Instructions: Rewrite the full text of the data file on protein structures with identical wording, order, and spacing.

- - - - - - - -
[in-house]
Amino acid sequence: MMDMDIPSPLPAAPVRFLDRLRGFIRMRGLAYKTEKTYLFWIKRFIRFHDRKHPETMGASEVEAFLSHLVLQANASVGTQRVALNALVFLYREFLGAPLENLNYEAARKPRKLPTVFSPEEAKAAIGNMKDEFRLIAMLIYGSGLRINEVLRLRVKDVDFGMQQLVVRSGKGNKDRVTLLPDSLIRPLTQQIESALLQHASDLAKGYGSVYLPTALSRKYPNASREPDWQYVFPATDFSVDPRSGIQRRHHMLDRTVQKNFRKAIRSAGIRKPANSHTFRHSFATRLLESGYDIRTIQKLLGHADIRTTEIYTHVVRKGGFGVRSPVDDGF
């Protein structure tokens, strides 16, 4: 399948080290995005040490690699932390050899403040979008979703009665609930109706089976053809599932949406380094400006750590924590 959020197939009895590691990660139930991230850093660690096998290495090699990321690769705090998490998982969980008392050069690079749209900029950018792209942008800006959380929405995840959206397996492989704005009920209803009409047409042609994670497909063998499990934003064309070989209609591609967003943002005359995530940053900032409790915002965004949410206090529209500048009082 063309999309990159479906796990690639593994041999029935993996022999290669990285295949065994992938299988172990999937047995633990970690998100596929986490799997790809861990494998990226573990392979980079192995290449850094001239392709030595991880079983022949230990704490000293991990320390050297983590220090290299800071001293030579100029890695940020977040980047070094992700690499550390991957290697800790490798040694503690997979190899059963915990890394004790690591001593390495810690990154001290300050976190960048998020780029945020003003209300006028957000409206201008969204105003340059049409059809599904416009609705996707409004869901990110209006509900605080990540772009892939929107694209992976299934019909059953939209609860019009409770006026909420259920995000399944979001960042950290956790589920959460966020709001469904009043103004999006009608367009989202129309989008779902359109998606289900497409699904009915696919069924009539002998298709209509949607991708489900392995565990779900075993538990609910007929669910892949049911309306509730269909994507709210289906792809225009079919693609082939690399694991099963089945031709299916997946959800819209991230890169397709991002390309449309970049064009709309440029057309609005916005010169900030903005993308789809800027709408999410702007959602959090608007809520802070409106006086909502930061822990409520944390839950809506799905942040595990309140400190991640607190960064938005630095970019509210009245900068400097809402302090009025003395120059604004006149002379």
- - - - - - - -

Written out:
[in-house]
Amino acid sequence: MMDMDIPSPLPAAPVRFLDRLRGFIRMRGLAYKTEKTYLFWIKRFIRFHDRKHPETMGASEVEAFLSHLVLQANASVGTQRVALNALVFLYREFLGAPLENLNYEAARKPRKLPTVFSPEEAKAAIGNMKDEFRLIAMLIYGSGLRINEVLRLRVKDVDFGMQQLVVRSGKGNKDRVTLLPDSLIRPLTQQIESALLQHASDLAKGYGSVYLPTALSRKYPNASREPDWQYVFPATDFSVDPRSGIQRRHHMLDRTVQKNFRKAIRSAGIRKPANSHTFRHSFATRLLESGYDIRTIQKLLGHADIRTTEIYTHVVRKGGFGVRSPVDDGF
């Protein structure tokens, strides 16, 4: 399948080290995005040490690699932390050899403040979008979703009665609930109706089976053809599932949406380094400006750590924590 959020197939009895590691990660139930991230850093660690096998290495090699990321690769705090998490998982969980008392050069690079749209900029950018792209942008800006959380929405995840959206397996492989704005009920209803009409047409042609994670497909063998499990934003064309070989209609591609967003943002005359995530940053900032409790915002965004949410206090529209500048009082 063309999309990159479906796990690639593994041999029935993996022999290669990285295949065994992938299988172990999937047995633990970690998100596929986490799997790809861990494998990226573990392979980079192995290449850094001239392709030595991880079983022949230990704490000293991990320390050297983590220090290299800071001293030579100029890695940020977040980047070094992700690499550390991957290697800790490798040694503690997979190899059963915990890394004790690591001593390495810690990154001290300050976190960048998020780029945020003003209300006028957000409206201008969204105003340059049409059809599904416009609705996707409004869901990110209006509900605080990540772009892939929107694209992976299934019909059953939209609860019009409770006026909420259920995000399944979001960042950290956790589920959460966020709001469904009043103004999006009608367009989202129309989008779902359109998606289900497409699904009915696919069924009539002998298709209509949607991708489900392995565990779900075993538990609910007929669910892949049911309306509730269909994507709210289906792809225009079919693609082939690399694991099963089945031709299916997946959800819209991230890169397709991002390309449309970049064009709309440029057309609005916005010169900030903005993308789809800027709408999410702007959602959090608007809520802070409106006086909502930061822990409520944390839950809506799905942040595990309140400190991640607190960064938005630095970019509210009245900068400097809402302090009025003395120059604004006149002379």